For the second night in a row, the Quad Cities River Bandits came out in the first inning ready to swing the bats and got off to a great offensive start in the High-Class A League game.
But two hours later, it was pitchers Zach Haake and Dante Biasi who were making history and both said that table was set thanks to that five-run first inning.
Haake, a right-handed starter, and Biasi, a left-handed reliever, added their names to Quad City baseball lore Friday night by combining on a no-hitter as the River Bandits rolled to a 9-0 victory, their sixth straight win that moved them to 26-13 on the season.
It was the 12th no-hitter in franchise history, the first since 2009, which was also a combined effort that came in a seven-inning game that was part of a doubleheader.
Making it even more special for Haake was that it was the first no-hitter he was a part of in his career.
“First off, it's nice when the offense scores five in the first. … it makes it a little easier,” he said. “I had command of all three pitches tonight and when you can do that, it's really fun to pitch.”
Haake (3-1) had arguably his best stuff to date and gave up very few hard-hit balls as he fanned four and walked two in his six innings of work.
The biggest threat to the no-hitter came in the bottom of the sixth when second baseman Michael Massey made a great play on a slow roller in the middle of the infield off the bat of No. 9 hitter Jesus Lujano. Massey made a nice pick and throw to first as he faded toward third base to get the batter leading off the frame.
“Massey made that great play on the shift,” said Haake, noting defense like that behind him also created great confidence.
Haake was on a pitch count. He knew he was coming out of the game after throwing 73 pitches, 43 for strikes.
Manager Chris Widger had no doubt that Haake was keeping to that pitch count and coming out, which the starter understood.
Biasi knew he was going to be next in line, but admittedly didn't know what he was walking into when he entered in the seventh with QC leading 8-0 after the offense added three unearned runs in the sixth.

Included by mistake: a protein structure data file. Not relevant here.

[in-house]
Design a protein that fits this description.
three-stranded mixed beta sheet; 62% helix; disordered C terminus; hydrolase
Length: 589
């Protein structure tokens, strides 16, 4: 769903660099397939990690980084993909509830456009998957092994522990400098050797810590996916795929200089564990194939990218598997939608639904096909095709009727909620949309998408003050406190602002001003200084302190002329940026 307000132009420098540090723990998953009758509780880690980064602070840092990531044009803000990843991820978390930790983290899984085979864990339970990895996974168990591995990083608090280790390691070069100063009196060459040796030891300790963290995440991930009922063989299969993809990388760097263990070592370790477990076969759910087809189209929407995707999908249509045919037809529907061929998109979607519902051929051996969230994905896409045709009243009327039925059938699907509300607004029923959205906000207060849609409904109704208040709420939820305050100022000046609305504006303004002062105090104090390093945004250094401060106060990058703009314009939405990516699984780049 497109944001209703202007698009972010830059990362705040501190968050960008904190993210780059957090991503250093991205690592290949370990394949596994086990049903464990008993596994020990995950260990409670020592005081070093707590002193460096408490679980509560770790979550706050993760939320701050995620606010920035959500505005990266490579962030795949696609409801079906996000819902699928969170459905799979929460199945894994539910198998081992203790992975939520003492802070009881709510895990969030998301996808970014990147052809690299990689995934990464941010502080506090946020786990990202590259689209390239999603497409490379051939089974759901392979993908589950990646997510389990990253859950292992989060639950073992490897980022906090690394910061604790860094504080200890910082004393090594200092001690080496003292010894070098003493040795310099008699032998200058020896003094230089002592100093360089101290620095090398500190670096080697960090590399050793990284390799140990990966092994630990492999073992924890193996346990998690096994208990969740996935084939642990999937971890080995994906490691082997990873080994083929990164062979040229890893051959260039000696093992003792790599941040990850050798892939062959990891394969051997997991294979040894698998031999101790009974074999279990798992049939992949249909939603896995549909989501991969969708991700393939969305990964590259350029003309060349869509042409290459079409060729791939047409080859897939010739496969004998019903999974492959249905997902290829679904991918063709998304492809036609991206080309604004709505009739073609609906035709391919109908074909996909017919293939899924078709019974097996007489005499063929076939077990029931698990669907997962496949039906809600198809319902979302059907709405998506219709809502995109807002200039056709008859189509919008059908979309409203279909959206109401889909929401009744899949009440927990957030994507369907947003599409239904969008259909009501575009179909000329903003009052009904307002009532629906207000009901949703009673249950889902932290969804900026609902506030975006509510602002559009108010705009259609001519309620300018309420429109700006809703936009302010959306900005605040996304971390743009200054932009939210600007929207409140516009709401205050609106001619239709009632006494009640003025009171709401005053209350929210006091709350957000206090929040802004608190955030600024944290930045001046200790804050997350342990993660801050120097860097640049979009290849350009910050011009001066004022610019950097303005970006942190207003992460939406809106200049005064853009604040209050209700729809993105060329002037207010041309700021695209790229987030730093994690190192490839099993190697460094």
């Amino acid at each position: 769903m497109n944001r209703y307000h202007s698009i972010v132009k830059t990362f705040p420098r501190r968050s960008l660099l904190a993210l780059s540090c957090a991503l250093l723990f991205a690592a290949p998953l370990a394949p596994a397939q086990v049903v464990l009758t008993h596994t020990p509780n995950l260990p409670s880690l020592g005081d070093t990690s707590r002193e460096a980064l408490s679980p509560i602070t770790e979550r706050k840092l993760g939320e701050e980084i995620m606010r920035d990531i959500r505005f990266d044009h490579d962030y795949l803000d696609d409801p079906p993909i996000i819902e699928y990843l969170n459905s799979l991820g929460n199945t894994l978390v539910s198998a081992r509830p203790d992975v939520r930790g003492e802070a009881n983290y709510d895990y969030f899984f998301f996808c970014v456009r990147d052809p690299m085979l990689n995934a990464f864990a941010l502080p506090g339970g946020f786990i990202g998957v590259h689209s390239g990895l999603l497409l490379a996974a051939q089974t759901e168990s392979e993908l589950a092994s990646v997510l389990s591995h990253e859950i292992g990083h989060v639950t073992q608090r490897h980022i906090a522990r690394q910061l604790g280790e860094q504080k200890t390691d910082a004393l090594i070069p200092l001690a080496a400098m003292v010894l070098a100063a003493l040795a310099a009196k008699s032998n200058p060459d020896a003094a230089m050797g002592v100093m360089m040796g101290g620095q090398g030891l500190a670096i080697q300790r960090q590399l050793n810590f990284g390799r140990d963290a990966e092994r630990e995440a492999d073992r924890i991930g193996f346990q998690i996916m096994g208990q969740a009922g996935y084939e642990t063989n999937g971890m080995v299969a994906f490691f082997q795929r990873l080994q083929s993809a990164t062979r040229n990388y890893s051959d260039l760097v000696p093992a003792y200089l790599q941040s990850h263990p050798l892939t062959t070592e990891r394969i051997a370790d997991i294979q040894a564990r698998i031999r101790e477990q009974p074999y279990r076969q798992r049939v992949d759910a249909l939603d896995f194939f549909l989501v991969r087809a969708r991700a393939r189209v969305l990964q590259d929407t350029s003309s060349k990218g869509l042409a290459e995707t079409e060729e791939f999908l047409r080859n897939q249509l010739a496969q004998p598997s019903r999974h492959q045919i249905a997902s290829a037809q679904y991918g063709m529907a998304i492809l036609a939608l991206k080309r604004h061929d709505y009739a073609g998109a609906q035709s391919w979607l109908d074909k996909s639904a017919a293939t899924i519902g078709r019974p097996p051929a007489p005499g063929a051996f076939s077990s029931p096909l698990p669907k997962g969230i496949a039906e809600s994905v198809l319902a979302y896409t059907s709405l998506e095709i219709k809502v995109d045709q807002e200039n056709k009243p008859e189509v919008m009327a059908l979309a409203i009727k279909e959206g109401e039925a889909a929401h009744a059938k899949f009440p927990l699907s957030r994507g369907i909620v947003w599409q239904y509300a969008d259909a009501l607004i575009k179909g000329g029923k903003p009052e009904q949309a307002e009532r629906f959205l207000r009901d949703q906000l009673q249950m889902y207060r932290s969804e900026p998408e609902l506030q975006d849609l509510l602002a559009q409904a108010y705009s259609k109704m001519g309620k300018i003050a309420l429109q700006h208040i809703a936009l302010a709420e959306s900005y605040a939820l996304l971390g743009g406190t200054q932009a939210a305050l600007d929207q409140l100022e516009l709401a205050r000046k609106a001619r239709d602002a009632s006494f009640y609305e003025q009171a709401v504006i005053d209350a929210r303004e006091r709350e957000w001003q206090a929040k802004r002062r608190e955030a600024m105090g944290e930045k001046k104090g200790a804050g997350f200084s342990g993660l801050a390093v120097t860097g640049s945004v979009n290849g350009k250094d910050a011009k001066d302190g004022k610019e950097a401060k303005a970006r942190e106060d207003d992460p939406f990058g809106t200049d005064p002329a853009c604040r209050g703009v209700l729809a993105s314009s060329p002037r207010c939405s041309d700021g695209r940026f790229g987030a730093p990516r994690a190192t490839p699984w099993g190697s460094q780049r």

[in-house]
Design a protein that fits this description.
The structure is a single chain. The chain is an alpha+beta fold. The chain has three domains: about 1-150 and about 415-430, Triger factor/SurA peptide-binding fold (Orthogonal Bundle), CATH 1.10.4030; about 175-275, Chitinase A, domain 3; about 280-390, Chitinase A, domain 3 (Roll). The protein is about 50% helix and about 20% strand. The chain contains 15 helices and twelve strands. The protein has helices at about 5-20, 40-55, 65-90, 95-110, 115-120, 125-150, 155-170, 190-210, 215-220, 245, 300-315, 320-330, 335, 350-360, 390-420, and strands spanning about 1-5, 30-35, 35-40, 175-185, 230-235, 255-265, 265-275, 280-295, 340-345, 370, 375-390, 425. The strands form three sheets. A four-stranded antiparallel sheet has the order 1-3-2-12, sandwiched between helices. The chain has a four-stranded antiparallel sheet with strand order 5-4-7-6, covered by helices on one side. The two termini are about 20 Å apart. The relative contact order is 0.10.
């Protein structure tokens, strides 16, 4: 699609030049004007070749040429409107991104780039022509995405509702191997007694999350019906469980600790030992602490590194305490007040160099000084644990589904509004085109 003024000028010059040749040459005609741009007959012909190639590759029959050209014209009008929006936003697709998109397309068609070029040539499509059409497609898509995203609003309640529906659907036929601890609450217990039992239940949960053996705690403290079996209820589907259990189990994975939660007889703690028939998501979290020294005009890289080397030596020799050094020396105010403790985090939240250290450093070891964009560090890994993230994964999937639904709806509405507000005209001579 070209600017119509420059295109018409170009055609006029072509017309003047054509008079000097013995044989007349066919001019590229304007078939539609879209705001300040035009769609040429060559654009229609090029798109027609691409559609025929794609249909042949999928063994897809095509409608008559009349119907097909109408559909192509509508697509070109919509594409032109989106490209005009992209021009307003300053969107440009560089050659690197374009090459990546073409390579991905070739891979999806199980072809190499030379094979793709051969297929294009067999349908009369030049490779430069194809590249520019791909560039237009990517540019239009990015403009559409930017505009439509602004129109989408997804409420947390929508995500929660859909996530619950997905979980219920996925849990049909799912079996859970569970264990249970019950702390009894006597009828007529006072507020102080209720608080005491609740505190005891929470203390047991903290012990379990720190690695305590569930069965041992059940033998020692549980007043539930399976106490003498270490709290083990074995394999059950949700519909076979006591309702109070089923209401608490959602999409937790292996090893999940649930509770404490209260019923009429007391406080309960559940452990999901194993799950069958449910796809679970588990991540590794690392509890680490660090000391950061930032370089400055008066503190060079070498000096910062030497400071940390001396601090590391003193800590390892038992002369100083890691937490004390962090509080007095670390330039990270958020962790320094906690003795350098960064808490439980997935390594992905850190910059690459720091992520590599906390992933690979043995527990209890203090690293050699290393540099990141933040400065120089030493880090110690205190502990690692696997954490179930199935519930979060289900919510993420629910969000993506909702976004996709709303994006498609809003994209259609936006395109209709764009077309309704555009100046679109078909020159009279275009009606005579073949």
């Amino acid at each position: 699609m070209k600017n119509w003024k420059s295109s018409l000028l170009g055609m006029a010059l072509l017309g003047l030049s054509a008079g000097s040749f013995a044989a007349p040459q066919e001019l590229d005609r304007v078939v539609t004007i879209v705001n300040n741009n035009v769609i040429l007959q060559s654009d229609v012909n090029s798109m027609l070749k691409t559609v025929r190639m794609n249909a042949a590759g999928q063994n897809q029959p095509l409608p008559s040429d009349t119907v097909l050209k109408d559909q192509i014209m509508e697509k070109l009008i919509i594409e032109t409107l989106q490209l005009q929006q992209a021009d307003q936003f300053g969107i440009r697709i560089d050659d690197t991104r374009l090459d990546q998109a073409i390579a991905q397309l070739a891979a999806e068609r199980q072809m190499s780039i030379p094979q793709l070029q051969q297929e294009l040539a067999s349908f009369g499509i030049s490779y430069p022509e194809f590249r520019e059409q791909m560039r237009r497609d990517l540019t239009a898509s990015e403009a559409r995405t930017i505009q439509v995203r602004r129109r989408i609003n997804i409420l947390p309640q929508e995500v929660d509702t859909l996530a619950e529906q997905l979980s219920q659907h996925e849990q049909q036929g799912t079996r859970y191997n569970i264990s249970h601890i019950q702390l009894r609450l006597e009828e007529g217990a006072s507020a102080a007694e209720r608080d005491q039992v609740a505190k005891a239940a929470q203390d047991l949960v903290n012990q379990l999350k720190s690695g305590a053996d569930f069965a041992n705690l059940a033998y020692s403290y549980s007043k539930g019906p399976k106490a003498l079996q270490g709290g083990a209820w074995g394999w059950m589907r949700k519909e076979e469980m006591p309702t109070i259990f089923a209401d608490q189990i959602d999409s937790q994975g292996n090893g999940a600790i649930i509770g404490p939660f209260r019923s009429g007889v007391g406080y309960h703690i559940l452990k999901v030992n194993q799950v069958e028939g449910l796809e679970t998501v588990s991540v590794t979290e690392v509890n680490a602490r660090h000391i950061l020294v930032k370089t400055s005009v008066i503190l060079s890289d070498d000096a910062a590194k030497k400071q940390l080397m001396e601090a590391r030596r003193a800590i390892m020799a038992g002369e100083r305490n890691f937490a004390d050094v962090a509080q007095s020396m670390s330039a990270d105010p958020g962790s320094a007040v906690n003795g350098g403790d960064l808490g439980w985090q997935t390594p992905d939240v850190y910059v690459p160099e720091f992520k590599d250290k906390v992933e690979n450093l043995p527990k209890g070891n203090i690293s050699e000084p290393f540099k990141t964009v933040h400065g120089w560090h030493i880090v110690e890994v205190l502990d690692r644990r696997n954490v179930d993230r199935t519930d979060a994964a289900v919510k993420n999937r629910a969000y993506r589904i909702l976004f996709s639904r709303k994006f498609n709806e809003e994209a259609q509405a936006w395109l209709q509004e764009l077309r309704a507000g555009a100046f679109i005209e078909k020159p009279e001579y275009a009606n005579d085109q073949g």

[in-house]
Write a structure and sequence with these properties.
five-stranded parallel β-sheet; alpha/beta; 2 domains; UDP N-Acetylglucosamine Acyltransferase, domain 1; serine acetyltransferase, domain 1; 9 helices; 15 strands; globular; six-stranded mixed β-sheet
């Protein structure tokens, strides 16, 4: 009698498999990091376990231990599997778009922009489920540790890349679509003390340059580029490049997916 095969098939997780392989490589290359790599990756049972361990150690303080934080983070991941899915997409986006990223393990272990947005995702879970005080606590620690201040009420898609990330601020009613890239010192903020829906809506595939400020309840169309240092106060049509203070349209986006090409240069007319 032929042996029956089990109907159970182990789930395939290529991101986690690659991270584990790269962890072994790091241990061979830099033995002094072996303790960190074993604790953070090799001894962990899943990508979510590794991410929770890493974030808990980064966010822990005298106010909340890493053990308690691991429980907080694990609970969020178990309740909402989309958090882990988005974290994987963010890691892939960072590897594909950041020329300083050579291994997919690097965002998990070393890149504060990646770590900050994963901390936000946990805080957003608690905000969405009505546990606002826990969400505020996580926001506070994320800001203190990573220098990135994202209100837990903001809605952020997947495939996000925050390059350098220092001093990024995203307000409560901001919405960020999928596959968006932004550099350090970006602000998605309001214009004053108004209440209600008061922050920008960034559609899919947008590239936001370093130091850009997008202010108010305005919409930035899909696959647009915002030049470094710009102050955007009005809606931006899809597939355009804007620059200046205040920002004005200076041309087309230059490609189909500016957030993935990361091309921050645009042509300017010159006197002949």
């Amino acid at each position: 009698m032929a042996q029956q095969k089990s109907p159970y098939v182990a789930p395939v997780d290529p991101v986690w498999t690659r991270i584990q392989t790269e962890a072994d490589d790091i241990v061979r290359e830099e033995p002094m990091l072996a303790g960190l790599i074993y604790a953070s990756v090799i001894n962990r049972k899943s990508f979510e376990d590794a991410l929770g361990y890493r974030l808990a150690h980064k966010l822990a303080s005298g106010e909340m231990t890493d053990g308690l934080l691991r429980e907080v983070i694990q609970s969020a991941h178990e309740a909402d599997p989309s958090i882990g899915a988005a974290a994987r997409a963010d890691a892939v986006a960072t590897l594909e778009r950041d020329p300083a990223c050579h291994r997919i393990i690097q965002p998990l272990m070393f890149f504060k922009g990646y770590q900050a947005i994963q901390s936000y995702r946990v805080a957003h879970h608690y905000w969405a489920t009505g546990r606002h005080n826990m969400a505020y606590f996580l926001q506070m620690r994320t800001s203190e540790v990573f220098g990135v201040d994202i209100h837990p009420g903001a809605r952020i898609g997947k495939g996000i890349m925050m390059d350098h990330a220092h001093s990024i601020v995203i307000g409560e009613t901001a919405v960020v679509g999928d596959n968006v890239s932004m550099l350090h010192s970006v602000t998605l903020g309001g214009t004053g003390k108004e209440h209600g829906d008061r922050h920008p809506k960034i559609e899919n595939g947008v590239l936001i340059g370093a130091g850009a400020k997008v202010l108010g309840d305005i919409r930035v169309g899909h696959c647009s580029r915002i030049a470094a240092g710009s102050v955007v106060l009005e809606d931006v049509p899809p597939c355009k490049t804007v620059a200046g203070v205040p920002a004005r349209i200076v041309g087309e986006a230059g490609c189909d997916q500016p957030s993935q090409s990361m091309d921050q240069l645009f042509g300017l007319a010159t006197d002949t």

“So actually no, I came in in the seventh and didn't know it was a no-hitter.” he said, walking the leadoff batter and then retiring the next three batters. “After the seventh, walking off I looked at the board and said, 'Oh my God, we have a no-hitter.'”
Biasi, who walked the leadoff batter in all three of his innings, picked up his first save, but faced some stress in the ninth. He walked two batters before facing Wisconsin's Gabriel Garcia with two outs.
“Honestly, I just wanted to stay within myself and not get caught up in it,” Biasi said. “I was just trying to make my pitches and stay on page with our catcher, Will Hancock, and just do what we always do.”
That came in the form of a ground ball to third-baseman Jake Means. With the crowd standing and clapping, Biasi enticed a sharply hit grounder to Means, who handled the ball and threw to first baseman Logan Porter to finish off the no-no.
Ironically, it was Means who helped get things started in the first inning as his grand slam homer capped the five-run uprising.
Widger was excited for not only his pitchers, but for the entire team that has played solid ball of late.
“I played 15 years and was part of one of those,” said Widger recalling a combined no-hitter during a 1994 Class AA game with the Carolina Mudcats. “You never forget something like that. Combined no-hitter, single no-hitter, it's still pretty cool and I know the guys are pretty excited for them.”